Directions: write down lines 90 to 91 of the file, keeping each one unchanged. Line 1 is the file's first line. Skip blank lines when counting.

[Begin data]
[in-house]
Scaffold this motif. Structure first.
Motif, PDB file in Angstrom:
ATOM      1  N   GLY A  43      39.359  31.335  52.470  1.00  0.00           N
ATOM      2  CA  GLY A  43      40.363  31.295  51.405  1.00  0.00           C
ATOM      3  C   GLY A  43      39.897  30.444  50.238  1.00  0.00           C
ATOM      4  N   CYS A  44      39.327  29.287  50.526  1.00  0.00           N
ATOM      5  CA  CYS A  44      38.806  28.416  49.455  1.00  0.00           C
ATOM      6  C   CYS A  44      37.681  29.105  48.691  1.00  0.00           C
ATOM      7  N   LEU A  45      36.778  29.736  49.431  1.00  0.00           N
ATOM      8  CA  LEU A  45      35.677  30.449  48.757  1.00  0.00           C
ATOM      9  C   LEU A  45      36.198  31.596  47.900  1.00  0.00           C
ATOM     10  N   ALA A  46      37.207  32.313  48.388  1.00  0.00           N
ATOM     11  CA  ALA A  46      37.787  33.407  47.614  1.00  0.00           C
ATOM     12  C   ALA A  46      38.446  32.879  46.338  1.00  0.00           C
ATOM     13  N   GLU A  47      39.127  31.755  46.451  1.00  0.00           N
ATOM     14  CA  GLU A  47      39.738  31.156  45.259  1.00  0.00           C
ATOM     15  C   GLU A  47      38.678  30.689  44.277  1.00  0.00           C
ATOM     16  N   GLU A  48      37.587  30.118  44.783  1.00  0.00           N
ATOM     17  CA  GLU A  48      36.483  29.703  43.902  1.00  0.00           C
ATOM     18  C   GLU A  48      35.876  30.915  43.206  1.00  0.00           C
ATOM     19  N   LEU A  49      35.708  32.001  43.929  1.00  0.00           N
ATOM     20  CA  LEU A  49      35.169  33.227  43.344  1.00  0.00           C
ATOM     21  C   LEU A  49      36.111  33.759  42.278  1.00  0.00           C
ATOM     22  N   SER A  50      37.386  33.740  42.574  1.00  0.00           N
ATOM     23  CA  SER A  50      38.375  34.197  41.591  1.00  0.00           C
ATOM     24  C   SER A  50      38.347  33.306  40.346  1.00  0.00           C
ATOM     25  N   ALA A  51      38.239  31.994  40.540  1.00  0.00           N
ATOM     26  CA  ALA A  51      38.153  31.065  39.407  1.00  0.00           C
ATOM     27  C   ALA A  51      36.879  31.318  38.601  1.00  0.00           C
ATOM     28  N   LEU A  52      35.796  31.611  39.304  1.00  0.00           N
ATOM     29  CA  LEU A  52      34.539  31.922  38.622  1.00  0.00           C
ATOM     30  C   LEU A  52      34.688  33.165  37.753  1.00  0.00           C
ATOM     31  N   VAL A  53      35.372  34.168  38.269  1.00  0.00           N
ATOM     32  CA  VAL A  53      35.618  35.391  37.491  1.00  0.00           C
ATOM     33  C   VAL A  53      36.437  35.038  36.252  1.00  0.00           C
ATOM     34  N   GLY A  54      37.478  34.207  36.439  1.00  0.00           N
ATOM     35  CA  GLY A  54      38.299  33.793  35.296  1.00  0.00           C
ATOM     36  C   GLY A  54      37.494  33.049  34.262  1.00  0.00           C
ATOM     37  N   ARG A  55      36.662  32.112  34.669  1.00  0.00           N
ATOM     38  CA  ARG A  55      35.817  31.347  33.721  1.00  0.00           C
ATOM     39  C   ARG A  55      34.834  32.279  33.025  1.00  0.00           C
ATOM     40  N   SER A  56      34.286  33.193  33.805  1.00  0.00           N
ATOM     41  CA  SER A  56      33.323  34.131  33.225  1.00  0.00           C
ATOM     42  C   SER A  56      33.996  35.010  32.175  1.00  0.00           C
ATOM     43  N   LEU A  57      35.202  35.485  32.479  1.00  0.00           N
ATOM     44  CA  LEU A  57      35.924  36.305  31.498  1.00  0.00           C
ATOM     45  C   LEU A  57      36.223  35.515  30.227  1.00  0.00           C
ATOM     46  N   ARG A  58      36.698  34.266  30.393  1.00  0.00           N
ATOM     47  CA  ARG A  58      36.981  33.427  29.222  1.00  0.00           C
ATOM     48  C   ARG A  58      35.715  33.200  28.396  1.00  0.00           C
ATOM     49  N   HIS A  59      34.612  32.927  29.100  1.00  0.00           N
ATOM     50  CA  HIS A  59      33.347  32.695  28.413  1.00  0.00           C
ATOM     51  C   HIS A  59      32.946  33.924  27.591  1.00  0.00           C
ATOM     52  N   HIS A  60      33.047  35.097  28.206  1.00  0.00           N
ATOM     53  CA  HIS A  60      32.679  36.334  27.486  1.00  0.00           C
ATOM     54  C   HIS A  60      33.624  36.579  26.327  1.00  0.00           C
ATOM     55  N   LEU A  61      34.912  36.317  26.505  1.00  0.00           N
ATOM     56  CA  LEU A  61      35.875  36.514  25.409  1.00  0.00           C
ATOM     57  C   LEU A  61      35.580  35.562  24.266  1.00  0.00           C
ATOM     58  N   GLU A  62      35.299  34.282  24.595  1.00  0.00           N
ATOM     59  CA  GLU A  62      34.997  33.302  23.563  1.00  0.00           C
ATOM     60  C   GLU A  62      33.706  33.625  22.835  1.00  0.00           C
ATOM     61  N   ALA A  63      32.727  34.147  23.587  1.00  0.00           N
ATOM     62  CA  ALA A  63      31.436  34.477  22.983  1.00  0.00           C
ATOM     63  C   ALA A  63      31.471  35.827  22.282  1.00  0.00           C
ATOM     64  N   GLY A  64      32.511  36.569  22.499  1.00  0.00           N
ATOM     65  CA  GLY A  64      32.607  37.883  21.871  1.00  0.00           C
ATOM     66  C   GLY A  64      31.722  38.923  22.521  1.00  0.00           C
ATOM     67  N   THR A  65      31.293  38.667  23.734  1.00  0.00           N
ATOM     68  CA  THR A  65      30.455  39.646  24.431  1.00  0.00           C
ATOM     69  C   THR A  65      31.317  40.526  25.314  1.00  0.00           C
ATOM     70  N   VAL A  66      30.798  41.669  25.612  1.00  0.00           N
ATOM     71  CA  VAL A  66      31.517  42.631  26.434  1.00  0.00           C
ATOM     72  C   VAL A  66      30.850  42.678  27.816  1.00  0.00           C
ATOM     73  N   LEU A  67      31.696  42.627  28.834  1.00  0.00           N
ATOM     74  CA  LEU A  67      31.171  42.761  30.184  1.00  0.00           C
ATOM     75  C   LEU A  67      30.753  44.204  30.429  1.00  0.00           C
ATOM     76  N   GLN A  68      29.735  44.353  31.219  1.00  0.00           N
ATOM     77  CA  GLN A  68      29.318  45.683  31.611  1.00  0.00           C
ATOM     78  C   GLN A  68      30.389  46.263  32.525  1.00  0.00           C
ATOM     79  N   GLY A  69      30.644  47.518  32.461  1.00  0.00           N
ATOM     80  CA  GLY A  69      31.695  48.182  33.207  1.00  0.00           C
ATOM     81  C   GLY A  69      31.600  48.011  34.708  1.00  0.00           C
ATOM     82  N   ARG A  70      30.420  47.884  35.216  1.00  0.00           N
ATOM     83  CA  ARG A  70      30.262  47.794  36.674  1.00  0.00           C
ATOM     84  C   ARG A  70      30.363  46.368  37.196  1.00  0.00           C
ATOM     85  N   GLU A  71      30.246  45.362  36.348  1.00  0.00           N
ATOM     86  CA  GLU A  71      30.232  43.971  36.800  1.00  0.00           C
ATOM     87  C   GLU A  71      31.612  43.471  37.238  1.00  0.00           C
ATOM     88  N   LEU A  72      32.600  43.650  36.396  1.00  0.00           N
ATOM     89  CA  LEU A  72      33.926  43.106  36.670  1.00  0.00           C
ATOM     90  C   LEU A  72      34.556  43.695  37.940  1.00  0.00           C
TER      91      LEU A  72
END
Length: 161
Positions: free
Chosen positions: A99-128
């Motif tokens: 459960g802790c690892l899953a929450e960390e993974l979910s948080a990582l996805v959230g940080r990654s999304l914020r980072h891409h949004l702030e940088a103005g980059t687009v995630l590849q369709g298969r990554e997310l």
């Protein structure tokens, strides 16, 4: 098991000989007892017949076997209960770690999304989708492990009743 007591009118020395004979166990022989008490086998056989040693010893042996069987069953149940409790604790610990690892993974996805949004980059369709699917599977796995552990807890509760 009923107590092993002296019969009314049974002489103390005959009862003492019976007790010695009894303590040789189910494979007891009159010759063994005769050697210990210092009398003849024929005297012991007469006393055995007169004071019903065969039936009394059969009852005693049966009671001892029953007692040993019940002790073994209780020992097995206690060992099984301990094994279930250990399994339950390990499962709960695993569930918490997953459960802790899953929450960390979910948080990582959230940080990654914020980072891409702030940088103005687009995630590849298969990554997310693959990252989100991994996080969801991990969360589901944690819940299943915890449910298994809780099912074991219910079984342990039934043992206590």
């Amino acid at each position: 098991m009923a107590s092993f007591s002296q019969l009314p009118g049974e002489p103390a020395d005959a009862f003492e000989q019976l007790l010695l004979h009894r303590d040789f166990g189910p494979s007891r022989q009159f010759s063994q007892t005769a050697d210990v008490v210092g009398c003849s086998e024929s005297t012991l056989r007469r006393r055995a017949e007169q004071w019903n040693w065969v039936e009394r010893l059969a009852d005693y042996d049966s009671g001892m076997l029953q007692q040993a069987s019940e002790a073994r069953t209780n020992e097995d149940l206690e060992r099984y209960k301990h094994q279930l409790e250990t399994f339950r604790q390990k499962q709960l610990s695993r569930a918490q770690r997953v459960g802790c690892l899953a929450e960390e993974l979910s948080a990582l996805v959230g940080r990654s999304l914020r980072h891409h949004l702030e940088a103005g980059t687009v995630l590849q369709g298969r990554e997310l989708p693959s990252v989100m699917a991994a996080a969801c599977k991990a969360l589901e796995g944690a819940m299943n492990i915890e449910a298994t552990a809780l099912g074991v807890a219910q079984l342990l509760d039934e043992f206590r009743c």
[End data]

ATOM     87  C   GLU A  71      31.612  43.471  37.238  1.00  0.00           C
ATOM     88  N   LEU A  72      32.600  43.650  36.396  1.00  0.00           N